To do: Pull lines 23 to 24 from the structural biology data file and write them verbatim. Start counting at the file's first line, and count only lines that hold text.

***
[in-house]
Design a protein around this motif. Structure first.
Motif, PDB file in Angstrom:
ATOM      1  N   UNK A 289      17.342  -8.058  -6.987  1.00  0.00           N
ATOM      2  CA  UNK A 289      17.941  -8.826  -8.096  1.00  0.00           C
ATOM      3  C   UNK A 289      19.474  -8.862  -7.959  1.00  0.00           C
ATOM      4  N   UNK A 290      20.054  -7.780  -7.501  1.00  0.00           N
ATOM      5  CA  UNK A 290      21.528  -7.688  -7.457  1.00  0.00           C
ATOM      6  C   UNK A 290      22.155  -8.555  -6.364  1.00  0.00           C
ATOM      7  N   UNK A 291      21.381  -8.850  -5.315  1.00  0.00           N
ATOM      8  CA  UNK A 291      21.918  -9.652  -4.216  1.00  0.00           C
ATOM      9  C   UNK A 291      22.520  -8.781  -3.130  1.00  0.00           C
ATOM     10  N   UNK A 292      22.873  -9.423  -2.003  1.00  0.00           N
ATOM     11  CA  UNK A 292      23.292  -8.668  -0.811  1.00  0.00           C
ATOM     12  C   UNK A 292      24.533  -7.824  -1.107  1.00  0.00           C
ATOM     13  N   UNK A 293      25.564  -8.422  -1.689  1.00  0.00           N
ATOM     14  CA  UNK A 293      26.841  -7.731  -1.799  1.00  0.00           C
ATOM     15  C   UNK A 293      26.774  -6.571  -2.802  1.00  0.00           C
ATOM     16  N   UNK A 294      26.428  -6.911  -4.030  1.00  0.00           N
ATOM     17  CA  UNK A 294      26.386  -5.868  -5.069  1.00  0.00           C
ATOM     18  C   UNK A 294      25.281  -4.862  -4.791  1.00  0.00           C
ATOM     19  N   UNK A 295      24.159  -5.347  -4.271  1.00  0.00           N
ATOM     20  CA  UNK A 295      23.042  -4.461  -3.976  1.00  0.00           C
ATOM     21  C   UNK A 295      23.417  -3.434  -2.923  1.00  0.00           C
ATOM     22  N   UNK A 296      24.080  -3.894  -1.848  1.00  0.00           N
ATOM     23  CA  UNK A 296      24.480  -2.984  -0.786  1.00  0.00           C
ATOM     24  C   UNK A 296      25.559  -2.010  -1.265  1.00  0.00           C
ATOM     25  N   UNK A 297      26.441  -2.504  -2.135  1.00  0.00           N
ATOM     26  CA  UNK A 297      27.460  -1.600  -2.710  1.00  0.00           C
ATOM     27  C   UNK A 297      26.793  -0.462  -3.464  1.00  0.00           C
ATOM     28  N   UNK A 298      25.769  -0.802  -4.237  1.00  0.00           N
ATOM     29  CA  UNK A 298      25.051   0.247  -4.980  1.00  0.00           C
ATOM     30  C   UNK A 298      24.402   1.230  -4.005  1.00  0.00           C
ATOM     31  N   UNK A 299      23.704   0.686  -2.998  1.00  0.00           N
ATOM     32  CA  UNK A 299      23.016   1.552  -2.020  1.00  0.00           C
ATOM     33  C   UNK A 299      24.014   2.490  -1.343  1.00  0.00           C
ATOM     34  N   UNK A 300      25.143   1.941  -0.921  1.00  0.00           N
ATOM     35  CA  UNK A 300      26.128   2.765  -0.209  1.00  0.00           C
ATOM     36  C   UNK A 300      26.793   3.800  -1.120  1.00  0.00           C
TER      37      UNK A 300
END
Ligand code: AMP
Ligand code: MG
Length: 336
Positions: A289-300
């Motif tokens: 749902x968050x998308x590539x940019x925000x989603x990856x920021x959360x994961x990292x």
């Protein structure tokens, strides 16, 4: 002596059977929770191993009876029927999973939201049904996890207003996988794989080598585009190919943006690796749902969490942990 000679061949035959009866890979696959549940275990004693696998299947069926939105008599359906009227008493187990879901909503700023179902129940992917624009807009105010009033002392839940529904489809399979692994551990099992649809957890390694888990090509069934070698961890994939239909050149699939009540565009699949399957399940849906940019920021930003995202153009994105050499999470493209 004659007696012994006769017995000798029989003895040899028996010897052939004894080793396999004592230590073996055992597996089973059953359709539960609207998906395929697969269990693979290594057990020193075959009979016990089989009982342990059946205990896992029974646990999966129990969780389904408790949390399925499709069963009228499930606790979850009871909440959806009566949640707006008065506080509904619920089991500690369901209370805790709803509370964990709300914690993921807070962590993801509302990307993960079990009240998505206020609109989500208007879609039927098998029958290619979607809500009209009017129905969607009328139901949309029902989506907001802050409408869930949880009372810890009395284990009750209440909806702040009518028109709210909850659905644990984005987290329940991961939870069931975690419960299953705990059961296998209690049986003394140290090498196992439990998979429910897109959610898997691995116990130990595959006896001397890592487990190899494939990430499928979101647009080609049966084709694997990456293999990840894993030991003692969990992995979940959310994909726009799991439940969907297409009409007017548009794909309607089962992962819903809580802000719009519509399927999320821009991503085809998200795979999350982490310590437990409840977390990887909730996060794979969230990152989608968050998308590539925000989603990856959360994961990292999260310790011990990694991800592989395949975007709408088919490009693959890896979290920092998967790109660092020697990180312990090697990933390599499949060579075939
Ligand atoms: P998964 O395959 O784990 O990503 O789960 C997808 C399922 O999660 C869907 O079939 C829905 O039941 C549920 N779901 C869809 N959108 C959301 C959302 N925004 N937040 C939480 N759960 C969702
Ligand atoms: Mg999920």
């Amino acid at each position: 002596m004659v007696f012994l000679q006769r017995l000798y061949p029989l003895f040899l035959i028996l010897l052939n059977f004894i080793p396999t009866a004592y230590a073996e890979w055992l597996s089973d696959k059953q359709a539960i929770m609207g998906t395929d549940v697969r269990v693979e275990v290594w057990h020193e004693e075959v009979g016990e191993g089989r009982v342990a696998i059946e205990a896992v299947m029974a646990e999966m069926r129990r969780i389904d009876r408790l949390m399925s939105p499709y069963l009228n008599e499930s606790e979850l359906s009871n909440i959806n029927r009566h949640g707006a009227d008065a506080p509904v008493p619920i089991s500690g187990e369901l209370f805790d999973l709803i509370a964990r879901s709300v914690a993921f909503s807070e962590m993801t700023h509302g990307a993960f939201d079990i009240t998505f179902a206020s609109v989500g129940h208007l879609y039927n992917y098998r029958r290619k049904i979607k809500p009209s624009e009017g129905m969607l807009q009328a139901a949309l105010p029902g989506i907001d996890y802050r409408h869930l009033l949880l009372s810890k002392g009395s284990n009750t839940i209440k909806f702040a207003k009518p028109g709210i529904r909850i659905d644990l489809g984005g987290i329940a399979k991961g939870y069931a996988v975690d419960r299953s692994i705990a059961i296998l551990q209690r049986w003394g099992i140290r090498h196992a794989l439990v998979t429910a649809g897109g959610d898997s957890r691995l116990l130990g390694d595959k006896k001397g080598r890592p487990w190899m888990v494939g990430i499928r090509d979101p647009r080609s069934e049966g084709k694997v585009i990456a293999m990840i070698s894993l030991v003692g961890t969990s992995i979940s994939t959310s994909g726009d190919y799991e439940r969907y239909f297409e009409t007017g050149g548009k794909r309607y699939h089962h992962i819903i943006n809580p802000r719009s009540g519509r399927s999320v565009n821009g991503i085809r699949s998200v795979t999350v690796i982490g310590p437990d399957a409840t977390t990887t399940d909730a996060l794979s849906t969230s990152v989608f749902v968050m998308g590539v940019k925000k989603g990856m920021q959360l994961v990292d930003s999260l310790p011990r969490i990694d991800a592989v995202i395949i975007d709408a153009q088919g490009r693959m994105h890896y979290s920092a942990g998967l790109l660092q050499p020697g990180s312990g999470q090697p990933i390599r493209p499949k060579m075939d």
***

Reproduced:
ATOM     20  CA  UNK A 295      23.042  -4.461  -3.976  1.00  0.00           C
ATOM     21  C   UNK A 295      23.417  -3.434  -2.923  1.00  0.00           C